There’s a good argument for changing U.S. policy toward Pyongyang, which has been a notable failure under successive presidents. But the adjustments shouldn’t be made under duress, in an attempt to free Bae or anyone else. From the standpoint of official relations, Washington needs to ostentatiously stand aloof from Bae’s plight.
In general, the more the U.S. invests in releasing prisoners in foreign lands, the more valuable they will come to be seen — thus creating a greater incentive to grab Americans in the future. The problem goes well beyond the North. It’s why Washington takes the tough but sensible position of refusing to ransom kidnap victims, unlike many other governments. Refusing to buy hostages’ freedom seems harsh, but groups ranging from the Taliban to Somali pirates have helped fund their activities with money earned by Westerners.
A willingness to dicker also inevitably invites policy as well as financial demands. Americans would be particularly vulnerable because of their government’s promiscuous interventions around the world. Changes, big or small, might be desirable — occupying other nations has proved to be far more costly than predicted — but Washington can’t change course every time a U.S. citizen is threatened. Officials should take the risk to Americans into account when designing policies around the world. However, Uncle Sam shouldn’t change those policies because Americans have been placed at risk.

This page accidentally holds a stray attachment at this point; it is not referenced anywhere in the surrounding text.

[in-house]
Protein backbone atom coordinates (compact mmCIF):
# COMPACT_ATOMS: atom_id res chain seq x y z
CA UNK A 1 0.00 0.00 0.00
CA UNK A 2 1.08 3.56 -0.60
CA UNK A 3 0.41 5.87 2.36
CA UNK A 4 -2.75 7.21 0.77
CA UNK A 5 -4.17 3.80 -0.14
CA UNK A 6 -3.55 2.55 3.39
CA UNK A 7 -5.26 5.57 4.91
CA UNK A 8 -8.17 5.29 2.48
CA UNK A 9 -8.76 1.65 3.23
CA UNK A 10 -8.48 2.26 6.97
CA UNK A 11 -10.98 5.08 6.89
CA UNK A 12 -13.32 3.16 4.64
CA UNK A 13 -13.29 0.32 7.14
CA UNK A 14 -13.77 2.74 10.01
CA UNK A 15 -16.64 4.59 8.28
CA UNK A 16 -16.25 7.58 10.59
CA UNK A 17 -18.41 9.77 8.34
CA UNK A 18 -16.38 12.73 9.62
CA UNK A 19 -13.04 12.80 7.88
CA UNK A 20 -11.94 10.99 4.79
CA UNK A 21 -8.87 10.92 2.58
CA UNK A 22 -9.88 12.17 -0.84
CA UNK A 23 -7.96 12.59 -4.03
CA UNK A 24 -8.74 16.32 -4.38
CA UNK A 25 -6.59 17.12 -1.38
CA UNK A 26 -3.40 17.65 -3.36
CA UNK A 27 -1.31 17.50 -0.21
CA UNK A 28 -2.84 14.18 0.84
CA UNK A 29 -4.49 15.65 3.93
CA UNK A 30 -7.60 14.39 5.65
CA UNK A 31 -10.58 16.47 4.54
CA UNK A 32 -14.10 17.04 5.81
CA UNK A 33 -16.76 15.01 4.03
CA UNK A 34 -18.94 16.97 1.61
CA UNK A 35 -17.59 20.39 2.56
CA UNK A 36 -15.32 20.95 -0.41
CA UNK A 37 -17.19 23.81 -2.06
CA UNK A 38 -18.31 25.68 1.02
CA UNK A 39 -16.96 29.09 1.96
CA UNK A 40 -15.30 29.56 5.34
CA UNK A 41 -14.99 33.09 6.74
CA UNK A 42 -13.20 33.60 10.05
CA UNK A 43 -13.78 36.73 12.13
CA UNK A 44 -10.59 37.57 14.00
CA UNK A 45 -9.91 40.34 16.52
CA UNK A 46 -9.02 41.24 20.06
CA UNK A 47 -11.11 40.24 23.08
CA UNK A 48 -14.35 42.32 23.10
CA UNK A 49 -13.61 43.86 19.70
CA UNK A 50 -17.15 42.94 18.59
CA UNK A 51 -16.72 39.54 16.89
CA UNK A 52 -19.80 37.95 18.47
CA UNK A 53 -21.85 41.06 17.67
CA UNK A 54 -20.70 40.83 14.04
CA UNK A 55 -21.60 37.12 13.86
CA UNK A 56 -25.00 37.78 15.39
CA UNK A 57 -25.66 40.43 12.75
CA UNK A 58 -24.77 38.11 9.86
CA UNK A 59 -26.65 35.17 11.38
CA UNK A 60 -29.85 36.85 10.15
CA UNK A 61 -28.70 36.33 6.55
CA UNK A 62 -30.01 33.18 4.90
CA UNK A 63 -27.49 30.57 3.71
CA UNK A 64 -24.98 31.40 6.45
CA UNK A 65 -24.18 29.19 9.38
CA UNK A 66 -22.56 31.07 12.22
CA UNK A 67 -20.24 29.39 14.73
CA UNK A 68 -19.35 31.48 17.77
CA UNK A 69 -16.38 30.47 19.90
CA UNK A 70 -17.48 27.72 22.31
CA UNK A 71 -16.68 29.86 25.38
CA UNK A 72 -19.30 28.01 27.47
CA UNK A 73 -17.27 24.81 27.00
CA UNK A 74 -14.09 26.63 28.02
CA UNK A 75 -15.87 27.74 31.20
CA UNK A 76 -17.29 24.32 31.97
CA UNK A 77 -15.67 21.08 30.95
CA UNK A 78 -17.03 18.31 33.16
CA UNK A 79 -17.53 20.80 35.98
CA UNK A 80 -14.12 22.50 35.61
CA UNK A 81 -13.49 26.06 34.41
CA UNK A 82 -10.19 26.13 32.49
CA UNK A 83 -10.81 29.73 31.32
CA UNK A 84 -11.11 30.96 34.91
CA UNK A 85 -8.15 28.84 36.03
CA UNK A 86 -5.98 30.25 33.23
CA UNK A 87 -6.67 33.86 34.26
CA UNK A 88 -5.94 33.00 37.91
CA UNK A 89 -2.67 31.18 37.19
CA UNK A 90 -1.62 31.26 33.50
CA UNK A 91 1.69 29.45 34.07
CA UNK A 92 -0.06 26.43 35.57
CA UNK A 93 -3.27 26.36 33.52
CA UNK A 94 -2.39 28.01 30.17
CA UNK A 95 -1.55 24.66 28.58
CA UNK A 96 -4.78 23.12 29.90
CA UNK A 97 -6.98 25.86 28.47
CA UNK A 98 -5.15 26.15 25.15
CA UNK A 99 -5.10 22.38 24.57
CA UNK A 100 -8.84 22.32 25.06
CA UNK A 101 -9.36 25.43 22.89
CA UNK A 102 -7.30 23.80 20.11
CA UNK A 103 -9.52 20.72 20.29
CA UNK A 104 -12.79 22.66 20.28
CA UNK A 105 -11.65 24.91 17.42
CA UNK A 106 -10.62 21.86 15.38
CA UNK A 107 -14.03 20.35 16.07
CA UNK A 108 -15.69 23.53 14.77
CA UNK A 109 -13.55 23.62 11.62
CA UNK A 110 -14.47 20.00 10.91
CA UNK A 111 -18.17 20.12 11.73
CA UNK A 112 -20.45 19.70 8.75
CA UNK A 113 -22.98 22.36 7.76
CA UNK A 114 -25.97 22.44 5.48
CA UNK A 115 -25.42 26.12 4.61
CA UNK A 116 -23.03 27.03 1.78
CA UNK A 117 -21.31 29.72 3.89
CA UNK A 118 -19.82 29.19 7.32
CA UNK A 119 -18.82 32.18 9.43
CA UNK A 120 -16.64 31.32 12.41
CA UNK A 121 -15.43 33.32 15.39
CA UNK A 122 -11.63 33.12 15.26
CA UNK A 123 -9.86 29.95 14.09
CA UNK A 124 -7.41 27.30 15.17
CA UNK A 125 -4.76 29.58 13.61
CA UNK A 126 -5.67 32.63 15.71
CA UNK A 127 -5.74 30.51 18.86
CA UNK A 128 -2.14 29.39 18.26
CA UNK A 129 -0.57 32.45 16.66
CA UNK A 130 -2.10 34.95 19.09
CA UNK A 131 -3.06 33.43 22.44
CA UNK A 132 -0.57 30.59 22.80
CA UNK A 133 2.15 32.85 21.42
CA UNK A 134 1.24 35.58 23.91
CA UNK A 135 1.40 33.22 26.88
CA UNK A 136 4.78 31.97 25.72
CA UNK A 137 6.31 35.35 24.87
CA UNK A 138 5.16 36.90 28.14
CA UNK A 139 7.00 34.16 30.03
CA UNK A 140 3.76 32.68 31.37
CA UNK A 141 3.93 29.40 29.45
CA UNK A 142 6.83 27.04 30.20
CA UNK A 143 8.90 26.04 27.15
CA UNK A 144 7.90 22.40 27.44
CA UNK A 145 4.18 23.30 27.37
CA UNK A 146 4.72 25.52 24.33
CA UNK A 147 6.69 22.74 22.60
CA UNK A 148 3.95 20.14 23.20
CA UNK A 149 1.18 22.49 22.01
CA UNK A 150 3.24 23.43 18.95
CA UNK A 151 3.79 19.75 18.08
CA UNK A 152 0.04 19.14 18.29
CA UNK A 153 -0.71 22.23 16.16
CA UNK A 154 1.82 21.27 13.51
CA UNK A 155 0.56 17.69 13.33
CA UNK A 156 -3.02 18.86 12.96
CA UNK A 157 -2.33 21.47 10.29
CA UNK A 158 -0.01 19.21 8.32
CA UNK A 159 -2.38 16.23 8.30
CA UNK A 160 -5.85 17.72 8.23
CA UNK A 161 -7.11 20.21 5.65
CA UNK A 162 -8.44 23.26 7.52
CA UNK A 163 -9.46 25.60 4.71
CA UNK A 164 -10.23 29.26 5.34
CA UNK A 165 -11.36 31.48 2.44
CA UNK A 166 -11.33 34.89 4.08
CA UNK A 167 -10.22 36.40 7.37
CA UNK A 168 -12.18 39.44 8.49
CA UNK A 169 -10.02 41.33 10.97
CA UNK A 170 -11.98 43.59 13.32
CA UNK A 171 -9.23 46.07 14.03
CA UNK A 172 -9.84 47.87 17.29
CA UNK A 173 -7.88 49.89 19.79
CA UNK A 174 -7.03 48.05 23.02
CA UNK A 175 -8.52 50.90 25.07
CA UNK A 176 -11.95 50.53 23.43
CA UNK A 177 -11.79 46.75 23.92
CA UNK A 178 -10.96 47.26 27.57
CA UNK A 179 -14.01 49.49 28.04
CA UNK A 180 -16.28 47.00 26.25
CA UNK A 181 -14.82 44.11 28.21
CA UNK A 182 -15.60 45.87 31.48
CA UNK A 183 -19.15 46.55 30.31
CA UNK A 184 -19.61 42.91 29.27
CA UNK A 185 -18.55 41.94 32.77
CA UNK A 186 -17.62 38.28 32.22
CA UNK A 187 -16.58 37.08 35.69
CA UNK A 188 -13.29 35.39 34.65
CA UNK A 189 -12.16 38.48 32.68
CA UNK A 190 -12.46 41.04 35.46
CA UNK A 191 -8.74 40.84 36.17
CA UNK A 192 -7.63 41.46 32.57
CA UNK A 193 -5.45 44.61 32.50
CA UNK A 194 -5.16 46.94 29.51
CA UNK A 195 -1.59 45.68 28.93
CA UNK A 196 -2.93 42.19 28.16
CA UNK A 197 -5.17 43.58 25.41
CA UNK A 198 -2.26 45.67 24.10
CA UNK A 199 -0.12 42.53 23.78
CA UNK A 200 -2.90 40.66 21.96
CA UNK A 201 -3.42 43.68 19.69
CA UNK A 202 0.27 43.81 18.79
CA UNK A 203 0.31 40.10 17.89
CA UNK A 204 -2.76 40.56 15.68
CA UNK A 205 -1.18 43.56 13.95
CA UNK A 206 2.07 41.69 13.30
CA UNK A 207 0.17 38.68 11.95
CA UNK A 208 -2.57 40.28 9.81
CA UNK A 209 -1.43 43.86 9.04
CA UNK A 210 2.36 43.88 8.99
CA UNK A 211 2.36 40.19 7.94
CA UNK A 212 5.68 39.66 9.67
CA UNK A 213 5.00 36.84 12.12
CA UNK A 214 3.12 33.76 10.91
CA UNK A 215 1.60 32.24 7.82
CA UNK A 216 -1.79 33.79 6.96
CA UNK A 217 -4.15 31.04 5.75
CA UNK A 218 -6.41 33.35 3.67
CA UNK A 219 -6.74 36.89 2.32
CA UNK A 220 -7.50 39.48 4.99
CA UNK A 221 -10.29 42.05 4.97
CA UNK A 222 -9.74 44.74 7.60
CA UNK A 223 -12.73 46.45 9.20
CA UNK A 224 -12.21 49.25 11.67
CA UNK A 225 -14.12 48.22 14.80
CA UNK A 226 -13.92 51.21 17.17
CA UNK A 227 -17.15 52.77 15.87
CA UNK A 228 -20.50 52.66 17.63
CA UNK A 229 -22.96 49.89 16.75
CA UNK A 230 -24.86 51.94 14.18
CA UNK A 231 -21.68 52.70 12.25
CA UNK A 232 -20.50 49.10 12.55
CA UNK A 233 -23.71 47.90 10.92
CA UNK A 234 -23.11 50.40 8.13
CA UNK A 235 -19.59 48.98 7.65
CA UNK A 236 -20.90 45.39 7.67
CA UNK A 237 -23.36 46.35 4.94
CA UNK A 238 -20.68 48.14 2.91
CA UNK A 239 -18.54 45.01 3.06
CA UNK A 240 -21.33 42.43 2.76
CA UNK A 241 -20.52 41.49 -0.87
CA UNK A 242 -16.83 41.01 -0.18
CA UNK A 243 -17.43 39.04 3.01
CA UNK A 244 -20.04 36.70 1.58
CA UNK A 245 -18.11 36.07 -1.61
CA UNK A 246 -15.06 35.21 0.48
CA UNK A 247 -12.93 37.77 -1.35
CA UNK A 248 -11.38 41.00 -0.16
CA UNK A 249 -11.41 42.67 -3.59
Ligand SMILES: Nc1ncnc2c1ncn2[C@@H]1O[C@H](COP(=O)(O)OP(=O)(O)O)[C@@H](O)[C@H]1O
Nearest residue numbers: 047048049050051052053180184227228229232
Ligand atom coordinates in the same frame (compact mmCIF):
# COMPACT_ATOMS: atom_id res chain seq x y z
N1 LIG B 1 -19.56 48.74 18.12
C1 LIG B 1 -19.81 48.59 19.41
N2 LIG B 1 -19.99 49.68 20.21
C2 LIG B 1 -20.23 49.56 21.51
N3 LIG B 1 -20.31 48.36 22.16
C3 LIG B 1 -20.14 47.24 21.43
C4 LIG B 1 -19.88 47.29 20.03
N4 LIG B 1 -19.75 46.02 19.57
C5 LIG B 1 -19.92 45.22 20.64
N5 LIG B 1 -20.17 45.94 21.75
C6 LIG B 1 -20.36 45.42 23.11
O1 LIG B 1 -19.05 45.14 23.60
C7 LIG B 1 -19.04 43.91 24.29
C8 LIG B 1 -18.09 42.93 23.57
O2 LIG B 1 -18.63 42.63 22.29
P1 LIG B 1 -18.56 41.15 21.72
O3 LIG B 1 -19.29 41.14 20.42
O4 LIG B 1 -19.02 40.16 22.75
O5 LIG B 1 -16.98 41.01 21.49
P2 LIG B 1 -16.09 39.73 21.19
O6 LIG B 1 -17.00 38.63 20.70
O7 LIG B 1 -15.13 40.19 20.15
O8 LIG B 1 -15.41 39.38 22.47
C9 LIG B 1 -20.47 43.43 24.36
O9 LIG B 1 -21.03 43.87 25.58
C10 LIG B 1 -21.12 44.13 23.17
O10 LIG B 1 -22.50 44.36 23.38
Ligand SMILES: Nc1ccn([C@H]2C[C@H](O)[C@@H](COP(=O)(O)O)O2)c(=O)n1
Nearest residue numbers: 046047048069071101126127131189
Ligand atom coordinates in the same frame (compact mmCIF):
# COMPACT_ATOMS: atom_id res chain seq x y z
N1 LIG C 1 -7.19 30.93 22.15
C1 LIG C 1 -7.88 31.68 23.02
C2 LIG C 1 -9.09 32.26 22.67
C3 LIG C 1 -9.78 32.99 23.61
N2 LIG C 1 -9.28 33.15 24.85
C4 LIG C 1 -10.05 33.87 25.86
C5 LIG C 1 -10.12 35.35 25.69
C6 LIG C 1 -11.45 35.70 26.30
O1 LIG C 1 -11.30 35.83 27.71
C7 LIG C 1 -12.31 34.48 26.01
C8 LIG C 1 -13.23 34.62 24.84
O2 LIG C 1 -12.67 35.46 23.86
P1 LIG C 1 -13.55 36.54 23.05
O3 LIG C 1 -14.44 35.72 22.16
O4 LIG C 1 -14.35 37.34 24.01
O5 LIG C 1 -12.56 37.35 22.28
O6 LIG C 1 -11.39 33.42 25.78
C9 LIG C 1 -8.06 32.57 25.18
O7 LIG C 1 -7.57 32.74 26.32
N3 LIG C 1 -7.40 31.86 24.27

Especially when prisoners, like Bae, are the authors of their own plight. One of the nation’s strengths is people’s willingness to risk their lives and freedom to help others. Often they are doing what the U.S. government cannot or does not want to do — act within other countries without official approval, back insurgents or human rights activists, proselytize their faith, and more. However, in challenging the local authorities when Washington is unwilling to do so, such people must understand that they are acting on their own. If the U.S. government doesn’t sponsor and oversee their activities, it cannot be expected to take responsibility for them if things go wrong.
Indeed, active government efforts to win the release of activists who violated other nations’ laws could be taken as evidence that the freelancers actually were official agents. That could force Washington to bear the political consequences of actions of which it did not approve, complicate international relations already likely to be difficult, and raise the price for the release of future American prisoners. Every U.S. traveler would be at risk if other governments decide that arresting someone is the most effective way to get Washington’s attention.
We should all wish a speedy return home for Kenneth Bae. But in seeking a special envoy he should be addressing Dennis Rodman rather than Barack Obama. The U.S. didn’t put Bae into a North Korean prison. It shouldn’t be expected to get him out.